I found myself talking with a German Ducatista who, with his father, owned 70 Ducatis: “One of every model ever made.”  My fellow Ducatista also volunteered his appraisal of Italian Ducatisti. “My God, they’re like kids!  Just look at how they ride their Ducatis on public streets.  You could never get away with that anywhere else but here in Italy!”

And he was right!  They are absolutely like kids—in the very best of ways.  It’s one of the things I love about them.  They have so much fun and are so completely un-self-conscious about it.  One morning, I got a first hand experience of the kids’ fun.  I was headed off for my hike to the racetrack when Carlo Linetti, one of the Italians staying at Il Frantoio, asked if I’d like a ride down to the event on his new, 150-horsepower Ducati Multistrada.



Carlo Linetti’s new Multistrada


“Of course!”  But I’d need a helmet.  The owner of Il Frantoio overheard us and handed me one of his.   So I climbed on the back of Carlo’s Multistrada, and we motored down the hill, followed by Carlo’s wife on her Ducati.  When we cleared the traffic circle, Carlo shouted back, “Do you want to feel the power?”

Hell yes.  “Go for it!”

I grabbed the back of the seat and Carlo pulled the trigger on that big motor.  The front wheel lifted into the air for over a block while somewhere between ecstasy and terror I came close to being thrown off the back.  When the front wheel finally settled down to the pavement, Carlo shouted back over the noise, “I wanted to show you what 150 horsepower felt like.”

“Got it!”

Back at WDW, Ducati got right on the task of coming through on its eight teases.  Not more than 10 minutes after entering the Red Planet for the first day of the event, I saw a crowd of guys in one of the tents featuring motorcycle art on the theme of the Ducati Monster, Ducati’s most popular all-purpose street bike.  The canvas at this art show turned out to be a lovely young lady wearing only bikini bottoms with her back turned to the crowd while an artist airbrush-painted her front side.  The audience kept edging around to the side as well as we could, but we didn’t have to worry.  After a while, she turned to give us our full exposure to Monster Art.  This was going to be quite a party!

A couple of hours later, I was standing at the top of the grandstand when I heard shouts from an excited crowd.  I ran down the stairs just in time to catch the opening round of one of the featured events: “Sexy Bike Wash.”  In the WDW version, several ladies in bikinis and male models in shorts started to wash some Ducatis, but before they got very far with this, the Master of Ceremonies turned his hose on the models, pulsating the spray in time with the music while they washed one another with sponges. OK, fair enough.  But why was it called a “Sexy Bike Wash,” when the bikes seemed to play only a minor role in the whole performance?  Well, later in the day at a repeat performance I listened to the MC more carefully and realized the event was actually called “Sexy bike washers.  Inattentive me!  Of course the whole show now made perfect sense!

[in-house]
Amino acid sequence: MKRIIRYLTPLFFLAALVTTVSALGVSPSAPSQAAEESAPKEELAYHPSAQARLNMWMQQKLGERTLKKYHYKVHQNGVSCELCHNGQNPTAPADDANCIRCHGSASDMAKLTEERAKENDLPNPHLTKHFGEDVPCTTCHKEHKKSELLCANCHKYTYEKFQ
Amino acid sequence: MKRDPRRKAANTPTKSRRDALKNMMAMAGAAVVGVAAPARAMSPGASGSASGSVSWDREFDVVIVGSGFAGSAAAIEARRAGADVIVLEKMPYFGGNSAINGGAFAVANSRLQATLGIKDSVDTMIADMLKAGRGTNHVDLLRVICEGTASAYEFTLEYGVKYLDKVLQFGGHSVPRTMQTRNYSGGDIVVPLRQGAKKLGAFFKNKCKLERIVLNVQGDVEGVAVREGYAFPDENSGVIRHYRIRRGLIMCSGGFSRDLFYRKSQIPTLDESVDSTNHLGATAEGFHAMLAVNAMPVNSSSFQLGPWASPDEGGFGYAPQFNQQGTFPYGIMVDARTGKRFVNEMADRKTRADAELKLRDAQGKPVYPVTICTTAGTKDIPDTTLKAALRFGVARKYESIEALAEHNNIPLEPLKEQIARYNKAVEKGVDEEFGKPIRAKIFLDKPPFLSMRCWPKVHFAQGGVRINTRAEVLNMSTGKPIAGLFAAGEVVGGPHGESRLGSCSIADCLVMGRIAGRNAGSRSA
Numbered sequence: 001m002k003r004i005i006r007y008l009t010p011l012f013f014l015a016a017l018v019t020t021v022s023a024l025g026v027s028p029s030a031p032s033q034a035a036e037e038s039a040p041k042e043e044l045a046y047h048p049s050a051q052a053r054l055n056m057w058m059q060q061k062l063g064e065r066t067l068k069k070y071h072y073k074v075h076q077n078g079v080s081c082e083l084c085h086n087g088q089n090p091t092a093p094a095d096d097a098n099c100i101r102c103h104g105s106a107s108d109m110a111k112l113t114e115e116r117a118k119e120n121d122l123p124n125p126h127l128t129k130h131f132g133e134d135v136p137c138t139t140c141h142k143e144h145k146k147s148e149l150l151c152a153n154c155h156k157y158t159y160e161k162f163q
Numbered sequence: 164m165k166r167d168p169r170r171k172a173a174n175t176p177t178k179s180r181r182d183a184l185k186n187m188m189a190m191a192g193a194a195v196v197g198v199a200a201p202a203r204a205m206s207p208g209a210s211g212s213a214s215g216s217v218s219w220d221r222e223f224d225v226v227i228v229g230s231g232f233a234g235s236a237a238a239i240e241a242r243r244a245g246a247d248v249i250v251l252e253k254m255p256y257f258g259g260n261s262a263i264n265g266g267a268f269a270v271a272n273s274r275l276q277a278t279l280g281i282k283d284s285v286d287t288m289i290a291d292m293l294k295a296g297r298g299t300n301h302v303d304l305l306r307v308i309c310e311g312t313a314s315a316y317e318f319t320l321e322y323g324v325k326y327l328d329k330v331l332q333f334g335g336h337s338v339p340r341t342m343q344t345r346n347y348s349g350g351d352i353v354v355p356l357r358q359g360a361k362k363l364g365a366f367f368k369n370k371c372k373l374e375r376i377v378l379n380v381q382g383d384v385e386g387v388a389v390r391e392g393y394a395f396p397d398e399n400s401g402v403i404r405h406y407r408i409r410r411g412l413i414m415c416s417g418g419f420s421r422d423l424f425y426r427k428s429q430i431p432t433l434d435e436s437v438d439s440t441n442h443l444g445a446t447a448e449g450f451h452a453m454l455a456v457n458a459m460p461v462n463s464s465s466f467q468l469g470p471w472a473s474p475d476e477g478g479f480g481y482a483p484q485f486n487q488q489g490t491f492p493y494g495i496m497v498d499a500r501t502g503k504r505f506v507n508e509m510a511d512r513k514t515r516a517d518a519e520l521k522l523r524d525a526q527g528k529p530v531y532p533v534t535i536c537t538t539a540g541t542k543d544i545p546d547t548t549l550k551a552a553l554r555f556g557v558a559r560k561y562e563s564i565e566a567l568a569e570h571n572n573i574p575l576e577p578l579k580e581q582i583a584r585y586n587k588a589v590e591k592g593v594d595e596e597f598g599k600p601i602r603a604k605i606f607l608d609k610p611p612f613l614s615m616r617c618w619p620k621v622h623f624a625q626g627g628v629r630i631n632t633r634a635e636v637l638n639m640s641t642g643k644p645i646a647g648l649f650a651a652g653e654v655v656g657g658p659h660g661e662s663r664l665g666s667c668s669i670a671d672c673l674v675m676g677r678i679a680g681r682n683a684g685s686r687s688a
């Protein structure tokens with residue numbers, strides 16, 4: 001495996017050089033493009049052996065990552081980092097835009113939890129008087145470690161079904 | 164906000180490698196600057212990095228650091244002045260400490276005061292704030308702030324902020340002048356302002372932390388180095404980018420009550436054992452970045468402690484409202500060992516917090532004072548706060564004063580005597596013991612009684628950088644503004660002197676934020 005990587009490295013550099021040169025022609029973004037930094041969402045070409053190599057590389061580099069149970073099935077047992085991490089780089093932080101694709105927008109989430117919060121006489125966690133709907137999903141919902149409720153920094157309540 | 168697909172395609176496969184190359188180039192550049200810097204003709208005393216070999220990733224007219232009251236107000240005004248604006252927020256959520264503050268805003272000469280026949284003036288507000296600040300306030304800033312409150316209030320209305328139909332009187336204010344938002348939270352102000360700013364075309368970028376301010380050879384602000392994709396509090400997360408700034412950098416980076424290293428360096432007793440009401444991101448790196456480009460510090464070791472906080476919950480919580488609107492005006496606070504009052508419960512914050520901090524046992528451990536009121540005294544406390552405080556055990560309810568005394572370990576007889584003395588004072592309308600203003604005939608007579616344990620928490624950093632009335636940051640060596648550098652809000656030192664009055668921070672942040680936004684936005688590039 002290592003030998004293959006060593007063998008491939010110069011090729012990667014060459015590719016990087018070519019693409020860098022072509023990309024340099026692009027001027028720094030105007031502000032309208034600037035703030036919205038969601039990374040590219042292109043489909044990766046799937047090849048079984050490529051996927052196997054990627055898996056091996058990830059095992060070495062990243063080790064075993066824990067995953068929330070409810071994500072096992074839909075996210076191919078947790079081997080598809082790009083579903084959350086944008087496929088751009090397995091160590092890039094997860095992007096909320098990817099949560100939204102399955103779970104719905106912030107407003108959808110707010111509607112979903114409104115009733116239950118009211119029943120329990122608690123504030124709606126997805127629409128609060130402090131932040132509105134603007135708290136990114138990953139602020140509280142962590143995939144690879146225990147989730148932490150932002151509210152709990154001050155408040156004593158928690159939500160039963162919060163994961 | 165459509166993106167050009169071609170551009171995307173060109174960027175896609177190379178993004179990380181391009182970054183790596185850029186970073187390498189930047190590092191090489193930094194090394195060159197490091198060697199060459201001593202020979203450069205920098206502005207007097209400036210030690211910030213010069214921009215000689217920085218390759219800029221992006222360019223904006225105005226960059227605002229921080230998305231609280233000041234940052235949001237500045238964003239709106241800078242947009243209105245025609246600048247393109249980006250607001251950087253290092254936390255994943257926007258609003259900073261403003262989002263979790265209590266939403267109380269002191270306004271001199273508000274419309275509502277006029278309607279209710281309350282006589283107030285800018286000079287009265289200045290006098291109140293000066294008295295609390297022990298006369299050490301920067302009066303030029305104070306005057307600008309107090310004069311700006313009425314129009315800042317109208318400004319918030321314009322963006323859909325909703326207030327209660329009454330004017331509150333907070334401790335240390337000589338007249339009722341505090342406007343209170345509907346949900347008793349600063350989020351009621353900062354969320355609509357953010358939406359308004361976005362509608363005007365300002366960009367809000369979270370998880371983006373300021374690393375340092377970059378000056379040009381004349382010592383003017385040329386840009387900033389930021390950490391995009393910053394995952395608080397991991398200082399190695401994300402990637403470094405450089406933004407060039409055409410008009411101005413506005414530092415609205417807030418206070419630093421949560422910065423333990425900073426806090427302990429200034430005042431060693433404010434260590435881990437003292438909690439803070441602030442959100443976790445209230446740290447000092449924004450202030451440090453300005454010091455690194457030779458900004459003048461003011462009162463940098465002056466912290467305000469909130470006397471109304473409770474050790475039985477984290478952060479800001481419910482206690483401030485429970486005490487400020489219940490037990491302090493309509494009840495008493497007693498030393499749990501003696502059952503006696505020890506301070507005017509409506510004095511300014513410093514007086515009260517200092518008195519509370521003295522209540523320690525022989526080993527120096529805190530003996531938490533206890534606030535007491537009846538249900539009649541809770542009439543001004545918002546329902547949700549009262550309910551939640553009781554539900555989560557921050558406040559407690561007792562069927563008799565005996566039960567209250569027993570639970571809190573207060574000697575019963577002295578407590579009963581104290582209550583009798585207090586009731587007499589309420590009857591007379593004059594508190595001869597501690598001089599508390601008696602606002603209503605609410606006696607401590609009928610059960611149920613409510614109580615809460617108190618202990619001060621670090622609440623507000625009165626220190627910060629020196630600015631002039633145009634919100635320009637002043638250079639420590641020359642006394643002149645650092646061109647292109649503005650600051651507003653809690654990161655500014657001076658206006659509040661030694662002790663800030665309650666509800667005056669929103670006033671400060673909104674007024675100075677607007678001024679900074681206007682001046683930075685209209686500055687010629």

Sexy Bike Washers


As inspiring as the Sexy Bike Washers were, I couldn’t wait for the promised Italian Playboy Bunnies to arrive.  I wasn’t sure where they were supposed to show up, but I made sure I was at the paddock, where I thought I should be, in plenty of time.  Sadly, no Bunnies appeared.  I figured either something had gone wrong with their plans or I had just not been in the right place.  Down hearted, I wandered around aimlessly until I saw a group of Dutch guys I‘d hung out with on two previous occasions—drinkin’ beer.  I sat down with them and eventually asked if they had seen the Bunnies.  They said they had, and that they were coming around every hour.  In fact, there they were—over there at one of the event areas I hadn’t thought of.  Disaster averted, I sprinted to the venue just as the Bunnies drove up on the back of a Mercedes convertible.  God bless the Dutch!

Now you will note in the picture below that the Bunny is wearing black ears.  But I had always remembered American Bunnies as wearing white ears.  Was there any significance to this?  Any insights from you readers?



Italian Playboy Bunny

And while we’re at it, God bless the models!  Look below at the stunning young lady posing with a Ducati MotoGP bike and check out her expression.  You’ve seen many like it all the times you’ve watched models on TV wobble down a runway: nice and bitchy with a bored “I’m too important for this” pout.


Model with Ducati MotoGP bike

Well, it wasn’t unimportant to the guys in the crowd who kept calling out, “Hey, Bambina!  Sorriso (smile) per una foto!”  The young lady tried her best to keep “the look” going but simply couldn’t and started to laugh.  I sure wish I had a photo of her when she finally melted.

But the models were not only there to be ogled or coerced into responding to us.  They were also the experts to whom I turned if I wanted to buy insurance from Genertel.it (“la prima assicurazione online”), to buy a Ducati branded laptop computer from Toshiba (see photo below), to buy a Ducati electric bicycle from Italwin, to outfit my child’s bedroom with Ducati theme furniture from Colombini Expo Mobili, to find a “Ducati Caffe” at Passione Urbana (where passion comes to town), to “give strengths to my projects” with a Ducati affiliated holding company of the Mediobanca Banking group, to style my hair with “Style’n’go” (where the world of style and hair style is evolving), and, if I had any lingering doubts about my animal magnetism, to finish off my shower with Ducati Cologne (Il primo profumo Ducati).  Apparently, models were the only individuals Ducati S.p.A trusted to help us achieve our highest goals.  You’d have to agree.  Why take chances?